This problem gets worse when you try to generate notes an octave above or below the initial octave using the rules; the higher octave doesn't harmonize with the lower octave if they are generated using the rules. Notes an octave above should be twice the frequency of the note in the lower octave but using the formula to generate the note doesn't give a frequency twice that of the lower octave. For singing and even violins, which can make any desired frequency (within a given range), this isn't a problem because the performer can just shift the note a little so that it sounds right. But for the piano, organ, flute and stringed instruments with frets this is a big problem because the notes are determined by the construction of the instrument and cannot be changed without re-tuning it. So it appears there is a choice between making instruments so they harmonize well in one octave and scale but not another; or have different instruments for each octave and each scale; or re-tune the instrument every time you want to change scales or octaves.

    A scale system that tries to correct for the problem of being able to play in any key is called a temperament. The chosen starting note of a scale is called the tonic and a musical fifth consists of the tonic and the fifth note of the scale.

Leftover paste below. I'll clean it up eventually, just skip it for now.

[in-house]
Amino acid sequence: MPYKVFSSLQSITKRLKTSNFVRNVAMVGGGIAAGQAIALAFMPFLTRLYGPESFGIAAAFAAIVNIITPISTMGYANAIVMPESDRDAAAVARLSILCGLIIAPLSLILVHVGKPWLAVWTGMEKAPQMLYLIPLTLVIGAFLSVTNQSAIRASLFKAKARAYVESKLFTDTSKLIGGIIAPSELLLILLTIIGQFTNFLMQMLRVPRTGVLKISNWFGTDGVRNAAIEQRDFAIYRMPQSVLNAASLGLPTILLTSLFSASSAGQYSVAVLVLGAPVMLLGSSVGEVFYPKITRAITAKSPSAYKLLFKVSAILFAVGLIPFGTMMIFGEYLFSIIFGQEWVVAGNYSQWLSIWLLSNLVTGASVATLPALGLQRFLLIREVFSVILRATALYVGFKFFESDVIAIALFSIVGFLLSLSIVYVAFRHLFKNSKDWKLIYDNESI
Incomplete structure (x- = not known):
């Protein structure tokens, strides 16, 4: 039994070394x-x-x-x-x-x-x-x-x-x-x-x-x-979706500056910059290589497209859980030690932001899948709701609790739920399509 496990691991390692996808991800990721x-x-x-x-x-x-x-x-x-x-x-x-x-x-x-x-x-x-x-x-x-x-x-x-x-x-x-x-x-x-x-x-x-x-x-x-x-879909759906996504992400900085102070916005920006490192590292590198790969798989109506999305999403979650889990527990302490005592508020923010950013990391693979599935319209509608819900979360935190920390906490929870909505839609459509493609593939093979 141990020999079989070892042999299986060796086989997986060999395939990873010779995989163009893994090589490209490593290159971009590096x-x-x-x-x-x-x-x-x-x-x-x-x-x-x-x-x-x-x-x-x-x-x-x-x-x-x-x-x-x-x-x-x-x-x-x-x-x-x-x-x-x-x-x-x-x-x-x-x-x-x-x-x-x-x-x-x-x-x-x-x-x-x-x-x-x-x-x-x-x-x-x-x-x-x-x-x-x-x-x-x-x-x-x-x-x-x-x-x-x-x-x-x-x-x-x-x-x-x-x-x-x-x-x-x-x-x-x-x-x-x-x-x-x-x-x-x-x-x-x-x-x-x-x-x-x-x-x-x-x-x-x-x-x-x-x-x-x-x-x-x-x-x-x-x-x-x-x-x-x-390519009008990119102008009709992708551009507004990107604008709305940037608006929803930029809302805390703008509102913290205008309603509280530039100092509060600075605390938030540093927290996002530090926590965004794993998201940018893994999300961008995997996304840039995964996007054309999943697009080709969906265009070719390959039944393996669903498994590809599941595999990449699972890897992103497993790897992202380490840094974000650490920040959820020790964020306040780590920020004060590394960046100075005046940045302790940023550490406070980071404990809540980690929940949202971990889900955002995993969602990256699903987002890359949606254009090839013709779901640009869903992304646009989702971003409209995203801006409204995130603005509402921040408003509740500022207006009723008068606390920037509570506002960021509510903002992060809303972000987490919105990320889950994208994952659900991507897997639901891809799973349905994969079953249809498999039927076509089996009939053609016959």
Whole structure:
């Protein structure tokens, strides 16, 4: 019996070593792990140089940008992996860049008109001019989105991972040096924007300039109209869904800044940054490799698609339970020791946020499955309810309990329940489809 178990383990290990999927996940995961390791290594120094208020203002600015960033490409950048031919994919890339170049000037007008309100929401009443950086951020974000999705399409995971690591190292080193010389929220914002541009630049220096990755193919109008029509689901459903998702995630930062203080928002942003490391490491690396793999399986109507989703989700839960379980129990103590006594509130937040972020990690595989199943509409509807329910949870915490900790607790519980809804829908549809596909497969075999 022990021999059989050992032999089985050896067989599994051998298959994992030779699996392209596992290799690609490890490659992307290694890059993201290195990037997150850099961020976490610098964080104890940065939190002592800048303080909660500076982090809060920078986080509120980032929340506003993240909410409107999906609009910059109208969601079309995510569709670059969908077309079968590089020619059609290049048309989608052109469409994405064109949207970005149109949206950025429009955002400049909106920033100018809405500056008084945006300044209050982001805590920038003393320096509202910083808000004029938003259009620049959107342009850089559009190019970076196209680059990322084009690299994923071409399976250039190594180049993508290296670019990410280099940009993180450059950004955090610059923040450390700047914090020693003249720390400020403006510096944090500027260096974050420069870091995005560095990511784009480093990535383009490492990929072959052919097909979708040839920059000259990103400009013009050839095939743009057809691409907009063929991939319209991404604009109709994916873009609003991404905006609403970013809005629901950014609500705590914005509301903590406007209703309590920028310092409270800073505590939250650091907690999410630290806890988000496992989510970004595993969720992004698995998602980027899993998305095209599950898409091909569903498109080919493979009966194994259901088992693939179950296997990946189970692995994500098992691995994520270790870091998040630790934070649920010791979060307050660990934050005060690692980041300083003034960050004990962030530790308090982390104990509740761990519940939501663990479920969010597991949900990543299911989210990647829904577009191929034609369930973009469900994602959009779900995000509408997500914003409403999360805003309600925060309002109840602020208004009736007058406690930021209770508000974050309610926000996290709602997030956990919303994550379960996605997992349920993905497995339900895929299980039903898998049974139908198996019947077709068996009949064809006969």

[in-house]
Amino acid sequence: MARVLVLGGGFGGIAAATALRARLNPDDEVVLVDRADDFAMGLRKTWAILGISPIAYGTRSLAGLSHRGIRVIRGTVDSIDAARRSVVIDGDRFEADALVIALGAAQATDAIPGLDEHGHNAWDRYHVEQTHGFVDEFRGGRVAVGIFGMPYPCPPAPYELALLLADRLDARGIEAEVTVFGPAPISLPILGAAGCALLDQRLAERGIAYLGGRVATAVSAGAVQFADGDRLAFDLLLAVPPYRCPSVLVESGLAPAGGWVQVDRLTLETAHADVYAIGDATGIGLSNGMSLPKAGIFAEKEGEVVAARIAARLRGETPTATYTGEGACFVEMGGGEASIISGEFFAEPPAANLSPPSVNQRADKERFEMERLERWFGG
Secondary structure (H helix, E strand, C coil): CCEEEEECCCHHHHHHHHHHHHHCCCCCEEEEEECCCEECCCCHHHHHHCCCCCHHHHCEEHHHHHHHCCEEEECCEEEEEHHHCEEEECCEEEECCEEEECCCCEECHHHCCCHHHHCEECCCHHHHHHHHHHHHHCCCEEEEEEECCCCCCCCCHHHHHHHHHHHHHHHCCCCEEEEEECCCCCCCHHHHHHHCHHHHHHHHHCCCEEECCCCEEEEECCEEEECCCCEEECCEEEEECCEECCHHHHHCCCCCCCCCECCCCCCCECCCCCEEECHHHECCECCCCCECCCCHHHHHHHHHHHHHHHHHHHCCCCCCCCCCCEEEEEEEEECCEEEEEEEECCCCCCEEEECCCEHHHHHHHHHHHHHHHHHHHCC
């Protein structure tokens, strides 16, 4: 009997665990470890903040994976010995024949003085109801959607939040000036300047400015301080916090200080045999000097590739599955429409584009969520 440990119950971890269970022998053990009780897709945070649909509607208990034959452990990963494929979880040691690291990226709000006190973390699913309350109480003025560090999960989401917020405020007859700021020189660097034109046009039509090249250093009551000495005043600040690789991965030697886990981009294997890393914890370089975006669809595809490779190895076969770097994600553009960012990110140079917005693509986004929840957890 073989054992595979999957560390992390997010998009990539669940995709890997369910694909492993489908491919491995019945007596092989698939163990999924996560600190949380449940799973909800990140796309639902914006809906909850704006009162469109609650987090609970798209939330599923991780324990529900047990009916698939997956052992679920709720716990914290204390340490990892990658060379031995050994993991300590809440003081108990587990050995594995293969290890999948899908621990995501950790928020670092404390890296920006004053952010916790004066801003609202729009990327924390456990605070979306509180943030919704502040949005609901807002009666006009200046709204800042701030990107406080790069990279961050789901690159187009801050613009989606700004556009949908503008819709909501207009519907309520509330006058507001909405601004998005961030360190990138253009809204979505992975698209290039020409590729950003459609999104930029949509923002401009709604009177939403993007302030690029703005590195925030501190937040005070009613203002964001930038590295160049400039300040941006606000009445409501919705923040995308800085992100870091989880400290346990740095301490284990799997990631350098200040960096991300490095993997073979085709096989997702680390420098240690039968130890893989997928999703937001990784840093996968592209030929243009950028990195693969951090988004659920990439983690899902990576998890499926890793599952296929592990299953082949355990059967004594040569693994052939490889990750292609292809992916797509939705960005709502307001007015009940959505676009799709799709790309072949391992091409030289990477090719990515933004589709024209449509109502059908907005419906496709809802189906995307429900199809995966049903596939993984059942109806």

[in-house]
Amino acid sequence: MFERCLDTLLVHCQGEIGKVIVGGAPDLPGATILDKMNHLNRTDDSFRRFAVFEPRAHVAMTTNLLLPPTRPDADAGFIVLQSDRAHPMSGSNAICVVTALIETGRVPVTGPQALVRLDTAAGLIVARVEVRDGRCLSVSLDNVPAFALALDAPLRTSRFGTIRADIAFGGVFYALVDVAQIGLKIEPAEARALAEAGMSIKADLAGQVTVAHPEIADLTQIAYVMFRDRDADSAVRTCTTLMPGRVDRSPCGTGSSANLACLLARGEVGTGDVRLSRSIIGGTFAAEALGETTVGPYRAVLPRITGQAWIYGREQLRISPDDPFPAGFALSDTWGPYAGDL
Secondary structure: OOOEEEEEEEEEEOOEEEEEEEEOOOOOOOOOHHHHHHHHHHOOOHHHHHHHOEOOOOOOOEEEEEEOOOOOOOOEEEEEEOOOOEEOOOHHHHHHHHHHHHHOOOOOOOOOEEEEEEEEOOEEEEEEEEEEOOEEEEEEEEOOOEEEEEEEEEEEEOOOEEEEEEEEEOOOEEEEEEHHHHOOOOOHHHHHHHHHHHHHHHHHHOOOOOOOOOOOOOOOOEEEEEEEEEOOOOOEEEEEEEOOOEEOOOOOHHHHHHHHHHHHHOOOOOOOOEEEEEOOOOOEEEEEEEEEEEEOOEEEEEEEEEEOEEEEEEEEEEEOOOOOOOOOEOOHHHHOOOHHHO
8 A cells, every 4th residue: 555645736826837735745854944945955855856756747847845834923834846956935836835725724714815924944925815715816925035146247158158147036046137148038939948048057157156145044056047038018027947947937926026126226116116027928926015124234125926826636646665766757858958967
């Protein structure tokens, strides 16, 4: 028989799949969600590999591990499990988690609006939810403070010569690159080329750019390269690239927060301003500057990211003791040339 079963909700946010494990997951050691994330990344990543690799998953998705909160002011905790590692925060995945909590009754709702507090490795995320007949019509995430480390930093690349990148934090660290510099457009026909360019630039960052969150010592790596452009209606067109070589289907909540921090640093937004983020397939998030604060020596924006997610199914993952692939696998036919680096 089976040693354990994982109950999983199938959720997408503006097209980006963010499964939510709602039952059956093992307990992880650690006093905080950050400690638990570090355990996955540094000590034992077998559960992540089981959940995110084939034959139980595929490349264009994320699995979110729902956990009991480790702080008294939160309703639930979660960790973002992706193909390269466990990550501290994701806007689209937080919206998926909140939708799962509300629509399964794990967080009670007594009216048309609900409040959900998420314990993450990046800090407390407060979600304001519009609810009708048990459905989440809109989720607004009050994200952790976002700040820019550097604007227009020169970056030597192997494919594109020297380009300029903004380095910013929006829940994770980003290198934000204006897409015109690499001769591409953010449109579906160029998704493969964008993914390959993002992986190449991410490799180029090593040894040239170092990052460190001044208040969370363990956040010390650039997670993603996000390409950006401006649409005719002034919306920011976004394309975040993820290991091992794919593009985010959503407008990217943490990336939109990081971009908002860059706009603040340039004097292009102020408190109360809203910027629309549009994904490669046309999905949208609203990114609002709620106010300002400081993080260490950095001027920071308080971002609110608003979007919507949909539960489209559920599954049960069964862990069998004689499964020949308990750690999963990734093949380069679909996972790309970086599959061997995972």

Historically several scale adjustments generically known as well-tempered scales were proposed and eventually the even-tempered scale won out (see Well versus Even Temperament). In this scale the frequencies between octaves are chosen to be equally spaced in which case the ratio between notes is \(1.059463\) (the notes can be generated by multiplying or dividing by either \(2\) and/or \(1.059463\)). This divides an octave into twelve notes. Another way to write this mathematically is \(f=f_{o}\times (2^{1/2})^{n}\) where \(f_{o}\) is generally chosen to be \(440\text{ Hz}\) in modern times. \(2^{1/2} = 1.059463094\ldots\) and each value of \(n\) generates a new note.

    Johann Sebastian Bach was the musician who managed to get the world to pay attention to alternative scales by writing music (this was in the 1700's) specifically to sound good for instruments tuned a certain way. Eventually most western cultures adopted the even-tempered scale (some other cultures did not which is why, for example, music from India often sounds very different than western music). Because the ratios between frequencies are not exactly \(3:2\) or \(5:4\) you can often hear chords where there is beating and dissonance. The chords also do not sound as pure as Pythagorean tuning because they are not exactly harmonic however the greater flexibility to change keys and to (almost) harmonize over several octaves makes equal temperament a useful compromise. Below is a diagram of the frequencies of various scale systems (temperaments).

    Frequencies of Various Scale Systems
    Pythagorean Just Major Mean-tone Werckmeister Equal-tempered
    Note \(\text{Hz}\) Note \(\text{Hz}\) Note \(\text{Hz}\) Note \(\text{Hz}\) Note \(\text{Hz}\)
    \(\text{C}\) \(523.25\) \(\text{C}\) \(523.25\) \(\text{C}\) \(523.25\) \(\text{C}\) \(523.25\) \(\text{C}\) \(523.25\)
    \(\text{B}\) \(496.67\) \(\text{B}\) \(490.55\) \(\text{B}\) \(489.03\) \(\text{B}\) \(491.67\) \(\text{B}\) \(493.88\)
    \(\text{B}^{\text{b}}\) \(465.12\) \(\text{B}^{\text{b}}\) \(470.93\) \(\text{B}^{\text{b}}\) \(468.02\) \(\text{B}^{\text{b}}\text{/A}^{\text{#}}\) \(465.12\) \(\text{B}^{\text{b}}\text{/A}^{\text{#}}\) \(466.16\)